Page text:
(1) internet use and the proliferation of data from outside the enterprise, and
(2) the regulatory pressures on corporations, generated by laws such as Sarbanes-Oxley, to be answerable for all of their financial transactions.
These requirements have increased the pressure on already stressed systems to analyze more data more quickly. The SAP projects resulted in the delivery of SAP HANA in 2011, the first step in the transition to a new in-memory architecture for enterprise applications and databases. SAP HANA flips the old model on its head and converts the database from the “boat anchor” that slows everything down into a “jet engine” that speeds up every aspect of the company’s operations.
SAP HANA was, initially, developed in Java and C++ and designed to run only Operating System Suse Linux Enterprise Server 11. The SAP HANA system consists of multiple components that are responsible to emphasize the computing power of HANA system.
Now that we’ve discussed the key concepts underlying IN-MEMORY storage, we can focus more specifically on the SAP HANA architecture. As we noted earlier, conceptually SAP HANA is very similar to most DATABASES you’re familiar with. Applications have to put data in and take data out of the database, data sources have to interface with it, and it has to store and manage data reliably. Despite these surface similarities, however, SAP HANA is quite different “under the hood” than any database in the market. In fact, SAP HANA is much more than just a database. It includes many tools and capabilities “in the box” that make it much more valuable and versatile than a regular database. In reality, it’s a full-featured database platform.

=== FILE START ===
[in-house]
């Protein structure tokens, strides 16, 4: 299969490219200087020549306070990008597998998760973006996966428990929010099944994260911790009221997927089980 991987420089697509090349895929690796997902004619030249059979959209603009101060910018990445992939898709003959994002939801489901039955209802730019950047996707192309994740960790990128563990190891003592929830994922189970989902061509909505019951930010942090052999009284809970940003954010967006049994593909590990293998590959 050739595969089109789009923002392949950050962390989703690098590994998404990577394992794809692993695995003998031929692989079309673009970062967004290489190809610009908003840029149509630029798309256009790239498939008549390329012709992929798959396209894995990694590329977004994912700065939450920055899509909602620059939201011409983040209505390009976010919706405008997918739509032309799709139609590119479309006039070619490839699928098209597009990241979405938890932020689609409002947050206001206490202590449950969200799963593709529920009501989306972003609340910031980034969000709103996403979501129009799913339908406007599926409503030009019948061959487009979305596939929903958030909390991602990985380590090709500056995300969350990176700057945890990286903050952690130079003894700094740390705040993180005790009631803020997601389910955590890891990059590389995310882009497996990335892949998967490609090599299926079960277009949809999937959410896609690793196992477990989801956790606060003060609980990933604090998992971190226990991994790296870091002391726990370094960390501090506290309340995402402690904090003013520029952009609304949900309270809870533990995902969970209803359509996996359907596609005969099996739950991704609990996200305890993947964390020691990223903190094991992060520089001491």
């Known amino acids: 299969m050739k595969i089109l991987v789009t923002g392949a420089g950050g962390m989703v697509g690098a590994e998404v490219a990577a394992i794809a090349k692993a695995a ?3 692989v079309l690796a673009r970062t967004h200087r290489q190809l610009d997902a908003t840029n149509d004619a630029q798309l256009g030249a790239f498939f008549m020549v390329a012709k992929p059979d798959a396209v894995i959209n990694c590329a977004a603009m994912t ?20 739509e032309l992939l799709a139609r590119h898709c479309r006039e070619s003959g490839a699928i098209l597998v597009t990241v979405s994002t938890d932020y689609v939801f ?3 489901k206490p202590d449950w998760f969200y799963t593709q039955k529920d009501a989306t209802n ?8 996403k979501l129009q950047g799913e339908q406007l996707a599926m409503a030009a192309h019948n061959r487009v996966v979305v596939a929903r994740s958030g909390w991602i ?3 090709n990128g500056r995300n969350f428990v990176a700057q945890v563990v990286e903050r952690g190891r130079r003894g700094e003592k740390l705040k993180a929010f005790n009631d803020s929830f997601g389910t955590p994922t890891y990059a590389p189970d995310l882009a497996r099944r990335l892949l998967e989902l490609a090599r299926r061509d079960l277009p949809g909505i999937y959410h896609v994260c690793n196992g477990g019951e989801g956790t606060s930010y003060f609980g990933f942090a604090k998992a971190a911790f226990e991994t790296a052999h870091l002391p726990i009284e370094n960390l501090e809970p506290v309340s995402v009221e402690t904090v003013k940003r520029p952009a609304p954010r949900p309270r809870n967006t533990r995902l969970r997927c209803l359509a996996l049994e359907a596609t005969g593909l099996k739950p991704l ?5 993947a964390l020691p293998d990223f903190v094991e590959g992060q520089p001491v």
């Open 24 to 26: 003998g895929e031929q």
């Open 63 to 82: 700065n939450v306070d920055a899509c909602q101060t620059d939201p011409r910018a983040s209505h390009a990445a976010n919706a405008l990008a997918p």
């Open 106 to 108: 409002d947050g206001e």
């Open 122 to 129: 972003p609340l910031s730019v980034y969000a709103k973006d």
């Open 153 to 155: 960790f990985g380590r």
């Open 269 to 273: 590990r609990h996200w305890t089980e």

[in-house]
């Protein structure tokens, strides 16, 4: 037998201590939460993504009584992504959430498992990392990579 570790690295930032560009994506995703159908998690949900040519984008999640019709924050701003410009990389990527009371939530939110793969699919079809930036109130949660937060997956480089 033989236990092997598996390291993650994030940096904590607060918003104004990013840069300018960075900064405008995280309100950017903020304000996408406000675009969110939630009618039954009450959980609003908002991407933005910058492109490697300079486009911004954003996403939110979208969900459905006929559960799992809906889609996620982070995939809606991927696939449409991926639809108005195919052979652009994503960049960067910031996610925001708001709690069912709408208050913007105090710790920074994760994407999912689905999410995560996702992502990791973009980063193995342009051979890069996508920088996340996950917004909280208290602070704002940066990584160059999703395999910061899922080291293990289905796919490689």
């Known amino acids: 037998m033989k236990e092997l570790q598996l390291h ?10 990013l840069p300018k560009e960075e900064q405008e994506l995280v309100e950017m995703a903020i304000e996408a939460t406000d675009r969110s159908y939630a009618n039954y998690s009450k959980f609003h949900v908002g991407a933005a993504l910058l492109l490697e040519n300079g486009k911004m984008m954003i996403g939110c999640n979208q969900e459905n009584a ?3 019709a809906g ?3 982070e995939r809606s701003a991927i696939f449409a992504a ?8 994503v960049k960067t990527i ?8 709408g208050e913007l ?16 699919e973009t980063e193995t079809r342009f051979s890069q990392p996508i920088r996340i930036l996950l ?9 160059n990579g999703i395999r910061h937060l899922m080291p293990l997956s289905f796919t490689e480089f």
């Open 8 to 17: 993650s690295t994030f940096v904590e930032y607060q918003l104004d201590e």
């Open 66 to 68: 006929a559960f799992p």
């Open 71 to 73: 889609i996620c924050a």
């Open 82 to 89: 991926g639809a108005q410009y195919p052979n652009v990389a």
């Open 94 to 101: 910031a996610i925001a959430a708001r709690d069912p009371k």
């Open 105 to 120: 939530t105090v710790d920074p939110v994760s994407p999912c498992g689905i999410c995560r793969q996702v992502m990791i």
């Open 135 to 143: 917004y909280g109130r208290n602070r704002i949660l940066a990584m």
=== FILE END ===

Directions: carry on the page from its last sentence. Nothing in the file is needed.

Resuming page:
In what ways is SAP HANA unique? First, it is delivered as a pre-configured, pre-installed appliance on certified hardware. This eliminates many of the typical activities and problems you find in regular databases. Second, it includes all of the standard application interfaces and libraries so that the developers can immediately get to work using it, without re-learning any proprietary APIs.
Finally, SAP HANA comes with several ways to connect easily to nearly any source system in either real-time or near to real-time.
These features are designed to make SAP HANA as close to “plug-and-play” as it can be and to make it a non-disruptive addition to your existing landscape. We’ll spend a few moments here explaining these capabilities at a basic level.